We describe methods for simulating physical domains that are substantially reshaped by plastic flow or fracture. We combine standard Lagrangian finite element methods with algorithms for dynamic remeshing, which update a volume mesh undergoing radical deformations so that its tetrahedra do not deteriorate below a fixed quality threshold. Our dynamic mesher is conservative: it replaces as few tetrahedra as possible, and thereby limits the visual artifacts and artificial diffusion that would be introduced if we repeatedly remeshed the domain from scratch. It also locally refines and coarsens a mesh, and even creates anisotropic tetrahedra, wherever a simulation requests it. Our simulation method addresses a range of material behavior from purely elastic to highly plastic, with particular advantages for objects that span both extremes at once. We illustrate these features with animations of elastic and plastic behavior, extreme deformations, and fracture.
Our software can also improve finite element meshes so their worst tetrahedra have a level of quality substantially better than those produced by any previous method for tetrahedral mesh generation or "mesh clean-up." Our mesh improvement program, named Stellar, usually improves meshes so that all dihedral angles are between 34 and 131 degrees. Stellar is freely available to the public at http://www.cs.berkeley.edu/~jrs/stellar/ .
Dienstag, 6. 9. 2011, 14:00 Uhr (ESH)
Prof. J. Shewchuk (University of California at Berkeley, USA)
Theoretically guaranteed Delaunay Mesh Generation - In practice
This short course is an introduction to triangular and tetrahedral mesh generation algorithms, especially those based on Delaunay triangulations. Coverage is restricted to algorithms that have two desirable qualities at once: they are mathematically guaranteed to generate high-quality meshes, and they work well enough in practice to compete with traditional, heuristic algorithms in engineering applications. Topics covered include a short review of Delaunay triangulations and constrained Delaunay triangulations; extensive coverage of Delaunay refinement algorithms for triangular and tetrahedral mesh generation, including methods by Chew, Ruppert, Ungor, Boivin/Ollivier-Gooch, Miller/Walkington/Pav, and me; handling of 2D domains with curved boundaries; handling of 2D and 3D domains with small angles; sliver elimination; anisotropy; and the octree-based isosurface stuffing algorithm.
Donnerstag, 1. 9. 2011, 14:00 Uhr (ESH)
G. R. Barrenechea (University of Strathclyde, Scotland)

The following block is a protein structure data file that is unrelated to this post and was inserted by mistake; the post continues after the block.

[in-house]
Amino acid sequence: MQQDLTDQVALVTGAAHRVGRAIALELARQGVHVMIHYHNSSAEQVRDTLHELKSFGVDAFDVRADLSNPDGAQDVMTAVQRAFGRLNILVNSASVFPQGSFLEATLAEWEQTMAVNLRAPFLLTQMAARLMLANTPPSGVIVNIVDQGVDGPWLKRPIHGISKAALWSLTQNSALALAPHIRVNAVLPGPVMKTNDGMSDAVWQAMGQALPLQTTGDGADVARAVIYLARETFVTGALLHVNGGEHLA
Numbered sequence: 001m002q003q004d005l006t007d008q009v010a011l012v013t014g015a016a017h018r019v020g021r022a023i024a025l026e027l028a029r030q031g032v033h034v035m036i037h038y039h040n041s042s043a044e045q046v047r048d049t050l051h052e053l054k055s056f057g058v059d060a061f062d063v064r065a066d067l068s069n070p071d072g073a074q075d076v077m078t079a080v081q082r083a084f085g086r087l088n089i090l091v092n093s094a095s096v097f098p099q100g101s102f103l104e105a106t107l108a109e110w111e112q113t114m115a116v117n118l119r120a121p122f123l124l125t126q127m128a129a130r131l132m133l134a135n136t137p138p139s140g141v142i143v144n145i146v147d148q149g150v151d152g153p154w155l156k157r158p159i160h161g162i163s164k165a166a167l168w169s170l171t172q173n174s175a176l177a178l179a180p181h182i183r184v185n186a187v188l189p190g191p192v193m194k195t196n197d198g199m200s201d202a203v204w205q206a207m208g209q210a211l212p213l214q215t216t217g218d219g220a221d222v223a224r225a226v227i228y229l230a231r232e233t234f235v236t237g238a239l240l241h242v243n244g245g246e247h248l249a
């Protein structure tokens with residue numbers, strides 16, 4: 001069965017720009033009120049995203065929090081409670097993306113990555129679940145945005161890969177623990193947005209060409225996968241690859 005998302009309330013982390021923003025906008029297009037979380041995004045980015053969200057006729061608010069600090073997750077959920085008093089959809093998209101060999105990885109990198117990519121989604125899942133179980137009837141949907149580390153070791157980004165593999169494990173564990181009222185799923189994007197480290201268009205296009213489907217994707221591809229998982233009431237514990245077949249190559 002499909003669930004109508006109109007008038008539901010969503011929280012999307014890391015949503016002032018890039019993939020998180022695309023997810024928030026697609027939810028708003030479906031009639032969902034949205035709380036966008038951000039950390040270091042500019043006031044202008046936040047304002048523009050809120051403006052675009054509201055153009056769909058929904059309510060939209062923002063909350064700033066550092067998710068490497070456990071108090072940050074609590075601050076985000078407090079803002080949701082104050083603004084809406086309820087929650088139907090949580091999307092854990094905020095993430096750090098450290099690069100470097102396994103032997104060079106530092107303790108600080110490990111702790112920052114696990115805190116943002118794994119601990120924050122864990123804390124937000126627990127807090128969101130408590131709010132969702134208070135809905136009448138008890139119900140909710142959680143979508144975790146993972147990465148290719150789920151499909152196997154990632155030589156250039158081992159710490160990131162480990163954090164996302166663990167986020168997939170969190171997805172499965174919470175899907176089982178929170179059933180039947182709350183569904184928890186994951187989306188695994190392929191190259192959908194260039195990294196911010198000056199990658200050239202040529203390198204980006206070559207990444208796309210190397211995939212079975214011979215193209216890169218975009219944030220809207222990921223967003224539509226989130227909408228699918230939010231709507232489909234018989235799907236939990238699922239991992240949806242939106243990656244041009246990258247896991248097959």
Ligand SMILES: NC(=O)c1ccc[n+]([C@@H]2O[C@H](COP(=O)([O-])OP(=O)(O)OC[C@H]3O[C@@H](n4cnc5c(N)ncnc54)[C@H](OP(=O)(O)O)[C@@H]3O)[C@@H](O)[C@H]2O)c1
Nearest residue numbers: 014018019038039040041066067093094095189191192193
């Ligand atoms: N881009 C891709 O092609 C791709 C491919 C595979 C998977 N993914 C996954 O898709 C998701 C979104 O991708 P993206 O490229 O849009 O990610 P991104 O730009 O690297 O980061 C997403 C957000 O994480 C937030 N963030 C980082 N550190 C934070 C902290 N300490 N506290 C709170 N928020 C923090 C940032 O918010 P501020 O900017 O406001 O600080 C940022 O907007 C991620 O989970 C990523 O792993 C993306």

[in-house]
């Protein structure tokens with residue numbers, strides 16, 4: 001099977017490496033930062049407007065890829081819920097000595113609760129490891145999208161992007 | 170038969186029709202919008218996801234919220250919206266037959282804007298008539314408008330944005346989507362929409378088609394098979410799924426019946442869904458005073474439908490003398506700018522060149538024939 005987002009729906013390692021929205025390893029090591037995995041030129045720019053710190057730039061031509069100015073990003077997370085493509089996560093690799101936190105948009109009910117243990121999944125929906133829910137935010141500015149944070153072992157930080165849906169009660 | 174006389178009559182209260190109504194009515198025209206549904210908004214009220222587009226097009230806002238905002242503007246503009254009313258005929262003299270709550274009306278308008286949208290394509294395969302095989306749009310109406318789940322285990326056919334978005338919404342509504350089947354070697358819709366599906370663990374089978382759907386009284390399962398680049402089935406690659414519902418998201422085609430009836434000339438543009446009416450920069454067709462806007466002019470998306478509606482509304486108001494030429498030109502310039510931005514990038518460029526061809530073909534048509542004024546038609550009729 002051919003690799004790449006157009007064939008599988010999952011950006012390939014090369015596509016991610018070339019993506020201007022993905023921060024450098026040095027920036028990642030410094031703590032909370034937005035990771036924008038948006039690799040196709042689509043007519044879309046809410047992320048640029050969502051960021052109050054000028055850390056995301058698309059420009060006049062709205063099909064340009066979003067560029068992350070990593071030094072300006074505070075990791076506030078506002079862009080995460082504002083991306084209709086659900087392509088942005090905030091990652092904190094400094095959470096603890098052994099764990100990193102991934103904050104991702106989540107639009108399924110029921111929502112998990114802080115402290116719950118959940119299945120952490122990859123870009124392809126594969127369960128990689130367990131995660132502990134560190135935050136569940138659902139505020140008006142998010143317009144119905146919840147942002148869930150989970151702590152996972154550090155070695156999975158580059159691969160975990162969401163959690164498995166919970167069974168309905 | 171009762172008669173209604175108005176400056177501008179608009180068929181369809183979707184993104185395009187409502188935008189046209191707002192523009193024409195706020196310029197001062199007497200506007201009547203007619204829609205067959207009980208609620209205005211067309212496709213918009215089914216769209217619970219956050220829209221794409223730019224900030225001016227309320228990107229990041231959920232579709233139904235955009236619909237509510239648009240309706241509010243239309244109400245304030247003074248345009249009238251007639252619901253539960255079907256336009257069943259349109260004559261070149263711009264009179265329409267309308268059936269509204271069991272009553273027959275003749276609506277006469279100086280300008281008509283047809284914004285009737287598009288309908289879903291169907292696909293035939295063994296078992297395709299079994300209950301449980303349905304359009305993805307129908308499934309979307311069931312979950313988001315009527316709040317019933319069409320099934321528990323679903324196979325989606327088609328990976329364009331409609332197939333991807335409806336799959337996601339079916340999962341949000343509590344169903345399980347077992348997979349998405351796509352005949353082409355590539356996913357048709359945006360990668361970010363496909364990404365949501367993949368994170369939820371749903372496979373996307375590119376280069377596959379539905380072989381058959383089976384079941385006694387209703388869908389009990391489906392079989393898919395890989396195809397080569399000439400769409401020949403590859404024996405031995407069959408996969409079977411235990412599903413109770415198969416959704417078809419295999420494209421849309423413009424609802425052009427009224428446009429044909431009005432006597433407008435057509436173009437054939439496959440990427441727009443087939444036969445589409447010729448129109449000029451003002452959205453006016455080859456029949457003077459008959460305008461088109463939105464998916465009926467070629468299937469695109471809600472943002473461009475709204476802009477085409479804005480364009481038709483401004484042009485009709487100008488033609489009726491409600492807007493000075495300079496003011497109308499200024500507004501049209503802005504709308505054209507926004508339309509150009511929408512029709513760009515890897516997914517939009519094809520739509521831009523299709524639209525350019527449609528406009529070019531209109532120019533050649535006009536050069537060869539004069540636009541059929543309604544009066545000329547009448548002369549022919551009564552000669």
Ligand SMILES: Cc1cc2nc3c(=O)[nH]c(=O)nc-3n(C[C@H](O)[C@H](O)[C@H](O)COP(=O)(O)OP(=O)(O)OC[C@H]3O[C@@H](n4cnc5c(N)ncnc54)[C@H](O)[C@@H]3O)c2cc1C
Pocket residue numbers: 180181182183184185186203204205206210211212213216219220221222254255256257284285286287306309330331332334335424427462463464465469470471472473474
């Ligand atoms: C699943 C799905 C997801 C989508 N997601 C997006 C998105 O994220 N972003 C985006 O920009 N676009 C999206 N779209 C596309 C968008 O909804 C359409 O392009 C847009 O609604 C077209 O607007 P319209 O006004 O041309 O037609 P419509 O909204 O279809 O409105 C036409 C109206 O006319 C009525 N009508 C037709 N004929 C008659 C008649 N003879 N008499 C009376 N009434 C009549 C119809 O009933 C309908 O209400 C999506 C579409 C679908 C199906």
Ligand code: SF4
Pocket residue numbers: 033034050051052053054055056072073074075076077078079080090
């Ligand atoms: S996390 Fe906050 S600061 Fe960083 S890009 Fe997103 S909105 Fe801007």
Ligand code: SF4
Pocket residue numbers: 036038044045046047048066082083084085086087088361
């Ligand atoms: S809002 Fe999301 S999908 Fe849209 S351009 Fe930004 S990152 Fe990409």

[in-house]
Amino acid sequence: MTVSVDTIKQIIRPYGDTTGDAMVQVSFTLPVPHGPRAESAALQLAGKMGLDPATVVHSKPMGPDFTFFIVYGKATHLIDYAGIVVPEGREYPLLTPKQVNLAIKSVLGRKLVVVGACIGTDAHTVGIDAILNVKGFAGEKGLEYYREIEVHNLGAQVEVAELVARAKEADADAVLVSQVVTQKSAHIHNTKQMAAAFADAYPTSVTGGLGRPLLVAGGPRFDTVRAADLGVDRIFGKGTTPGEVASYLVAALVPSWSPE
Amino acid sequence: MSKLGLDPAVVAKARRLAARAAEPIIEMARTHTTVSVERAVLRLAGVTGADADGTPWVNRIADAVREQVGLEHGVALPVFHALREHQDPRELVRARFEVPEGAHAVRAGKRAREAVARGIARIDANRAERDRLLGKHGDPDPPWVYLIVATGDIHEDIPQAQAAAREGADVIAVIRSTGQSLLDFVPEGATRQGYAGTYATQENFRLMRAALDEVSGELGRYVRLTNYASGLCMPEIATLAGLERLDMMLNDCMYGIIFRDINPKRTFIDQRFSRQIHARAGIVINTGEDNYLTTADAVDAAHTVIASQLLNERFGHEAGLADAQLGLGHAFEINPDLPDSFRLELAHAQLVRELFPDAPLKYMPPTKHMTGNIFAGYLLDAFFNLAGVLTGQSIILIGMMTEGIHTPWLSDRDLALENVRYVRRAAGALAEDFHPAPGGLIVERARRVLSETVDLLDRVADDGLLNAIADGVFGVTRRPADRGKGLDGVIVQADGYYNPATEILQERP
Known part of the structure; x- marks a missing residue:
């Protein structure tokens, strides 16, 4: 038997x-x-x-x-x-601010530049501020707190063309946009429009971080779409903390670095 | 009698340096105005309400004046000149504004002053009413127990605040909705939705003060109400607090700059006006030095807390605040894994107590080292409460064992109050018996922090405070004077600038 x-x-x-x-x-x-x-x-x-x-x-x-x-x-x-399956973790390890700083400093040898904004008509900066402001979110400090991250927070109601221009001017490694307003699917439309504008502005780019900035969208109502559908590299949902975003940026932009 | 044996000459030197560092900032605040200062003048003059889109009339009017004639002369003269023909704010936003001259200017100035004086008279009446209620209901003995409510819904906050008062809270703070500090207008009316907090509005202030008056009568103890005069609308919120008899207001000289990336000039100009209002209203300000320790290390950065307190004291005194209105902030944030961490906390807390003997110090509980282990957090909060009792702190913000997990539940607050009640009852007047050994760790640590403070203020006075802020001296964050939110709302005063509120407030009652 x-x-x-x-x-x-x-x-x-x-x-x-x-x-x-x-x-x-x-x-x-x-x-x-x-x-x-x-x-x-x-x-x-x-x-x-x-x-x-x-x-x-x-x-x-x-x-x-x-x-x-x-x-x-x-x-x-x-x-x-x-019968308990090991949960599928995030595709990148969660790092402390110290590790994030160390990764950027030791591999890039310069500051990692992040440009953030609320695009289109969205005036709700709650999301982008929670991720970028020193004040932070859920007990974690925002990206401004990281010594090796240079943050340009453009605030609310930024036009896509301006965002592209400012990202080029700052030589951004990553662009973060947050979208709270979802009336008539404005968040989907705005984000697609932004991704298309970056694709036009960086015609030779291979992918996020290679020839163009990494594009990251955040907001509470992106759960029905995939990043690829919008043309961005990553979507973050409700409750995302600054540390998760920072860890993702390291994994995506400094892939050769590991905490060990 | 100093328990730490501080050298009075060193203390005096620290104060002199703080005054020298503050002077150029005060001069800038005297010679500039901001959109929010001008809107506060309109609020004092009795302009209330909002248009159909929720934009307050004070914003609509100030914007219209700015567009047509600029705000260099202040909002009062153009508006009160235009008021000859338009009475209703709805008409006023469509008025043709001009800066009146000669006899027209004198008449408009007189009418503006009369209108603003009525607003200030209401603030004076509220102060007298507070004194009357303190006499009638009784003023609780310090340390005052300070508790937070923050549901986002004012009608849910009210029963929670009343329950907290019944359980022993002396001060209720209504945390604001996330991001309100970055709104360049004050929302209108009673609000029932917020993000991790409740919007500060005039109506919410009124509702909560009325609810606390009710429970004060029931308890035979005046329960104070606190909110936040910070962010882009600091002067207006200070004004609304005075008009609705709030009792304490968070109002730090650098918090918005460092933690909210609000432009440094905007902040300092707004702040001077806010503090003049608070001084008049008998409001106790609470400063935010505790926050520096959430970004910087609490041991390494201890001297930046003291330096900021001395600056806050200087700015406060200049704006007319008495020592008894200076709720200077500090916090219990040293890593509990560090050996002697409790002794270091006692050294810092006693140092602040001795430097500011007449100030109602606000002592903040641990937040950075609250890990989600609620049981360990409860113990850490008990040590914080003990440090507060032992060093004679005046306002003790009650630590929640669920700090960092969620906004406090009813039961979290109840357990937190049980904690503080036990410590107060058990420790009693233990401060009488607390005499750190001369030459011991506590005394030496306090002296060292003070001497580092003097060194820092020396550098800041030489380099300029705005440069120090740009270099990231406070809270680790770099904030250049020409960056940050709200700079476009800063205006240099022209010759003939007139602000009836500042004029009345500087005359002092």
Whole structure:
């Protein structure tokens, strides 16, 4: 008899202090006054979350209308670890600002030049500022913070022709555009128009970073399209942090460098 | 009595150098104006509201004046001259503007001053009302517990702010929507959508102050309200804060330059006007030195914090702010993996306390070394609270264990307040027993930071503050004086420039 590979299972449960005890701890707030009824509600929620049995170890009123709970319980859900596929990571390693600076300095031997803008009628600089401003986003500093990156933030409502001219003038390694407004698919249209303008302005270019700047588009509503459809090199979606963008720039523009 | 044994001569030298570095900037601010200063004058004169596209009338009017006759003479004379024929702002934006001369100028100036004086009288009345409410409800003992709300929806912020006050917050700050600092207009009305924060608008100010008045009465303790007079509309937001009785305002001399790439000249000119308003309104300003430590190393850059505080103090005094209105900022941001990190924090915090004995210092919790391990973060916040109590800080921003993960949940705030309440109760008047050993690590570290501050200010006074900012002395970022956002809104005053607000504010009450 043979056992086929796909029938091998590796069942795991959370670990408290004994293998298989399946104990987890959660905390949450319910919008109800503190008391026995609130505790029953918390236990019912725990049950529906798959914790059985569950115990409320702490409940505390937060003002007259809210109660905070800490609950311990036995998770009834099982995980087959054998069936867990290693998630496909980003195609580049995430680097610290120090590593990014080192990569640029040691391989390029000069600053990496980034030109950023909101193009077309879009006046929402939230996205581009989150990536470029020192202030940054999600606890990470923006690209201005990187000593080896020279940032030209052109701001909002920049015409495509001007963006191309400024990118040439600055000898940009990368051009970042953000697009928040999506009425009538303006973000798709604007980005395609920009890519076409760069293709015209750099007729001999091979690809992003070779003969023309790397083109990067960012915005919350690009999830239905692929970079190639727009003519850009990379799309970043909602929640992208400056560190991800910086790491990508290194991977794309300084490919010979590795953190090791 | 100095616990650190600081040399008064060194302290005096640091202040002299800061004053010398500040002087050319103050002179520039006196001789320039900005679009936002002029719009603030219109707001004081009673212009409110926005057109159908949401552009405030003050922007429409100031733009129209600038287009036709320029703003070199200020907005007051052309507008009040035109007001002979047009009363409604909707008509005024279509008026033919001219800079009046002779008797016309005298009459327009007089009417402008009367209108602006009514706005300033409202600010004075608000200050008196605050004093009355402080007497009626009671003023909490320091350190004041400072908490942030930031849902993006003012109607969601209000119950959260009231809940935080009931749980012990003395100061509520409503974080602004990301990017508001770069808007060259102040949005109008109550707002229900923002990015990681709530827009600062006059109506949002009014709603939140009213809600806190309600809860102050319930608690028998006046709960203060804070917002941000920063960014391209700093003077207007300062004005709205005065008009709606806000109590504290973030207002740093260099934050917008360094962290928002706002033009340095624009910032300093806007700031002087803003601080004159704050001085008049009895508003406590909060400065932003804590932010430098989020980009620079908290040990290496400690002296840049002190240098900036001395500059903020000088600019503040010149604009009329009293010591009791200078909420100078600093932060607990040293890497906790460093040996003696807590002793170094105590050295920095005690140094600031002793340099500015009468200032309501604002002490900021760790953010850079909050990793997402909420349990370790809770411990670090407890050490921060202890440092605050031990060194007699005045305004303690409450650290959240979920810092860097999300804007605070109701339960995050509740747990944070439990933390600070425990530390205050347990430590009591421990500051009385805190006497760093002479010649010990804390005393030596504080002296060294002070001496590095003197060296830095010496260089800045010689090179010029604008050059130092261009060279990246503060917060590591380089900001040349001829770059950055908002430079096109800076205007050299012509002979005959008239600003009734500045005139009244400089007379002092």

Computable error bounds and an adaptive selection of the stabilization parameter for the Stokes problem
In this talk I will present some recent results on a-posteriori error estimation for the Stokes problem. The estimators are fully computable and present a robust and rigorous bound for the error. First, the case of a stable pair of elements (the Fortin-Soulie element) is treated, and the estimator takes advantage of the particularities of this element. In the second part of the talk this framework is extended to stabilized finite element methods, where a general analysis is carried out and bounds covering a wide range of stabilized finite element methods for the Stokes problem are presented. Some applications to the a-posteriori selection of the stabilization parameter are also presented.
Dienstag, 30. 8. 2011, 14:00 Uhr (ESH)
Dr. P. Knobloch (Charles University, Institute of Numerical Mathematics, Czech Republic)
Improved stability and error analysis for a class of local projection stabilizations applied to the Oseen problem
We consider a class of local projection stabilizations with projection spaces defined on (possibly) overlapping sets applied to the Oseen problem. We prove that the underlying bilinear form satisfies an inf-sup condition with respect to a stronger norm than coercitivy suggests. A modification of the stabilization of the convection allows an optimal estimation of the consistency error. A priori estimates in the stronger norm and in the L2 norm for the pressure are established. Discontinuous pressure approximations are included in the analysis.
Dienstag, 21. 6. 2011, 13:30 Uhr (ESH)
Dr. D. Kourounis (Stanford University)
Adjoint formulations for gradient-based optimization of compositional flow
Freitag, 17. 6. 2011, 10:15 Uhr (ESH)
Prof. Gary L. Miller (Carnegie Mellon University, USA)
Algorithm design using spectral graph theory
Spectral Graph Theory is the interplay between linear algebra and combinatorial graph theory. One application of this interplay is a nearly linear time solvers Symmetric Diagonally Dominate system (SDD). This seemingly restrictive class of systems has received substantial interest and in the last 15 years both algorithm design theory and practical implementations have made substantial progress. There is also a growing number of problems that can be efficiently solved using SDD solvers including: image segmentation, image denoising, finding solutions to elliptic equations, computing maximum flow in a graph, graph sparsification, and graphics.
Theoretically, we have recently shown that if $A$ is an $nxn$ SDD matrix with $m$ entries the linear system $Ax =b$ can be solve to constant precision in $O(m \log n)$ time ignoring lower order factors. On the implementation side, the latest code runs in linear time experimentally for large sparse systems. In fact the problem sizes are now large enough that on modern multicore workstations the memory bandwidth is a limiting factor. Compression techniques are now used to substantially speedup the solver.
This represents joint work with: Guy Blelloch, Ioannis Koutis, Richard Pang, Kanat Tangwongsan, and David Tolliver
Donnerstag, 14. 6. 2011, 14:00 Uhr (ESH)